The acting was wooden, the script banal, character development non-existent and the two hours of mindless patriotism quite sickening. Leaving aside some clever camera work, this film has very little to recommend it. It was, in fact, no better than the originals (1942 &1958), both produced as morale-boosting pieces of propaganda. This latest offering on the Dunkirk story also comes across as a piece of cinematic propaganda but the question then arises; propaganda for what?

Separating fact from fiction is never easy in history and in the final instance all history can only ever be a collection of subjective assessments. Every nation loves to tell itself its own warm and comforting stories and we should never forget also that it is the winners who tend to write history.

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Soul of the Nation, Exhibition Tate Modern, 2017

Enjoyed this exhibition, if enjoyment is the right word. More like an awkward mixture of nostalgia and anger. Nostalgia for an era that, from a relatively safe distance, was a magically heroic time. With all those iconic black leather coats, cool shades and defiant Afros, what youthful man or woman with half-formed ideals of equality and justice would not be inspired.  And then there were the guns. By any means necessary. Afro-Americans defiantly standing up to the racists – those in uniform, those in white hoods and those just in everyday clothes. Yes, the nostalgia was definitely kicking in but so too was the anger. Here we were, seventy years on and still the police brutality. Still the racist murders. Still the extremes of poverty between Black America and the white middle classes. Endemic poverty that living under eight years of a Black president could not even shift.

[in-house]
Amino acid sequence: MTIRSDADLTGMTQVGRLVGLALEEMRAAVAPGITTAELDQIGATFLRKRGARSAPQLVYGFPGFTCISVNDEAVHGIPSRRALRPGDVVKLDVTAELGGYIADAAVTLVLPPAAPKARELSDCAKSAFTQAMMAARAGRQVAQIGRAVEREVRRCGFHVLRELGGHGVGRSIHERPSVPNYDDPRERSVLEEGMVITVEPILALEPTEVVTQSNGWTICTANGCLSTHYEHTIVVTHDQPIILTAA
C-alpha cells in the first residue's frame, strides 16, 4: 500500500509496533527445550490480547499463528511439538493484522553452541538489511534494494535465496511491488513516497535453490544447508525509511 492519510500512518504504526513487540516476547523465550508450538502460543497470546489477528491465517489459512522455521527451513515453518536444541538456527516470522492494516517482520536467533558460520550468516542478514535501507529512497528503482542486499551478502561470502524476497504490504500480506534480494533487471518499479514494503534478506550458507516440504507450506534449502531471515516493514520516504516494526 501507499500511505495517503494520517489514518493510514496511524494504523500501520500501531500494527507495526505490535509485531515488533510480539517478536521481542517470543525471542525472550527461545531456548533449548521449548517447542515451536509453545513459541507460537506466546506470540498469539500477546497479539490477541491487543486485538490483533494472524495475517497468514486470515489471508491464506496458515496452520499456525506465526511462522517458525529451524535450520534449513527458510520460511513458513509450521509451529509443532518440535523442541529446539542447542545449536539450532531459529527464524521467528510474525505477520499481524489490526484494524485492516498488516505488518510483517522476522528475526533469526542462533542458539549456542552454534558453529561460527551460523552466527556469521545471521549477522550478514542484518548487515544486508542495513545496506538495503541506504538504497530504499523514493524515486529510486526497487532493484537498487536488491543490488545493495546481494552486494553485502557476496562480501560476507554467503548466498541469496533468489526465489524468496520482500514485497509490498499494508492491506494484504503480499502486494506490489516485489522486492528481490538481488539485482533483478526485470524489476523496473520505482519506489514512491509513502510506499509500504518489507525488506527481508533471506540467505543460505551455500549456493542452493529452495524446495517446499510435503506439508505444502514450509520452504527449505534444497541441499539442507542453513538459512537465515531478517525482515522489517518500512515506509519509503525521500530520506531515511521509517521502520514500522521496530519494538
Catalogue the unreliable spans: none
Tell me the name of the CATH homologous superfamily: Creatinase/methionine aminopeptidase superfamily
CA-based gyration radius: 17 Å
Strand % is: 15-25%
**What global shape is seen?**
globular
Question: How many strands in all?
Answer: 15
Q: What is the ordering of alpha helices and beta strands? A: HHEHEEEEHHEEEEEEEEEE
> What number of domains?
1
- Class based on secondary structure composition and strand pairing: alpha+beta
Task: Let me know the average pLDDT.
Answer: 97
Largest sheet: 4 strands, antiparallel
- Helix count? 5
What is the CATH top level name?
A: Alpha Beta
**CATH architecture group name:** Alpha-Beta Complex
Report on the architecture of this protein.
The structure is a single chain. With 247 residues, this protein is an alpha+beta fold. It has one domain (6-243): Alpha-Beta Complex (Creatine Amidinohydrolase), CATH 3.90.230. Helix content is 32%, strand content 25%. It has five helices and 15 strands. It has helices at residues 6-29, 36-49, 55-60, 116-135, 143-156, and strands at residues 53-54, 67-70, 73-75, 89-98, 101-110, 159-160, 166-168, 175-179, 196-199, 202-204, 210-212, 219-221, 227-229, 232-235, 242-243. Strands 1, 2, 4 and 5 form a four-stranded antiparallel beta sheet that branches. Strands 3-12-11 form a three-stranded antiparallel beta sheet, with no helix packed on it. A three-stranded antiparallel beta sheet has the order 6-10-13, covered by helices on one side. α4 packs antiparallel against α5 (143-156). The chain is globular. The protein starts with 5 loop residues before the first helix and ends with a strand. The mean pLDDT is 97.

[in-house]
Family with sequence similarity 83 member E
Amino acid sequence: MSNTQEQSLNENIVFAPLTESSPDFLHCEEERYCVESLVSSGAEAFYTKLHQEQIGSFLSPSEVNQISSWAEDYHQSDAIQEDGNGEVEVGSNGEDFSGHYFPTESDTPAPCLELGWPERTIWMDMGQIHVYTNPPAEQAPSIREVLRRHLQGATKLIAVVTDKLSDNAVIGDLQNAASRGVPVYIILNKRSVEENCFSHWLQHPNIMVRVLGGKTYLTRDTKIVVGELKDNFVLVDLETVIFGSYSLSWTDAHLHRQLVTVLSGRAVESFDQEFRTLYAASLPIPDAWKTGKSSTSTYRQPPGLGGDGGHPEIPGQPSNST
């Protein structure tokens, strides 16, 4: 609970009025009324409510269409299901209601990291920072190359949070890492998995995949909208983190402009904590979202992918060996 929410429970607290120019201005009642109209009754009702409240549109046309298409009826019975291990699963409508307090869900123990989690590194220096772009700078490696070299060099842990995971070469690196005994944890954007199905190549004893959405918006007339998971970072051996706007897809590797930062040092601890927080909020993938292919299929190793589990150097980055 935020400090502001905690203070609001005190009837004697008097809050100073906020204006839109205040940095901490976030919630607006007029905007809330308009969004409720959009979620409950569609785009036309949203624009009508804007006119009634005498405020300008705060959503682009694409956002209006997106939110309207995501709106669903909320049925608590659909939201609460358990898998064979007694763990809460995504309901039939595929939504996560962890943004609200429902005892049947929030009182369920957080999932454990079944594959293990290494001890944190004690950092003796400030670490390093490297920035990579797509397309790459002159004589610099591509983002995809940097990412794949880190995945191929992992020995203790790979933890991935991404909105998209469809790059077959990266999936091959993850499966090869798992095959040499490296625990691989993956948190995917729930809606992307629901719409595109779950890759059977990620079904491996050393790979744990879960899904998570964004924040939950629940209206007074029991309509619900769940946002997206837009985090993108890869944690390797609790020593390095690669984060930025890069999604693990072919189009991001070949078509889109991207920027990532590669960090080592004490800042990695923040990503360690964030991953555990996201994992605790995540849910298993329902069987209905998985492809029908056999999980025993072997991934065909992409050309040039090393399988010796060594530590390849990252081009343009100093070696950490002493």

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The Handmaids Tale, TV Drama, Channel 4, 2017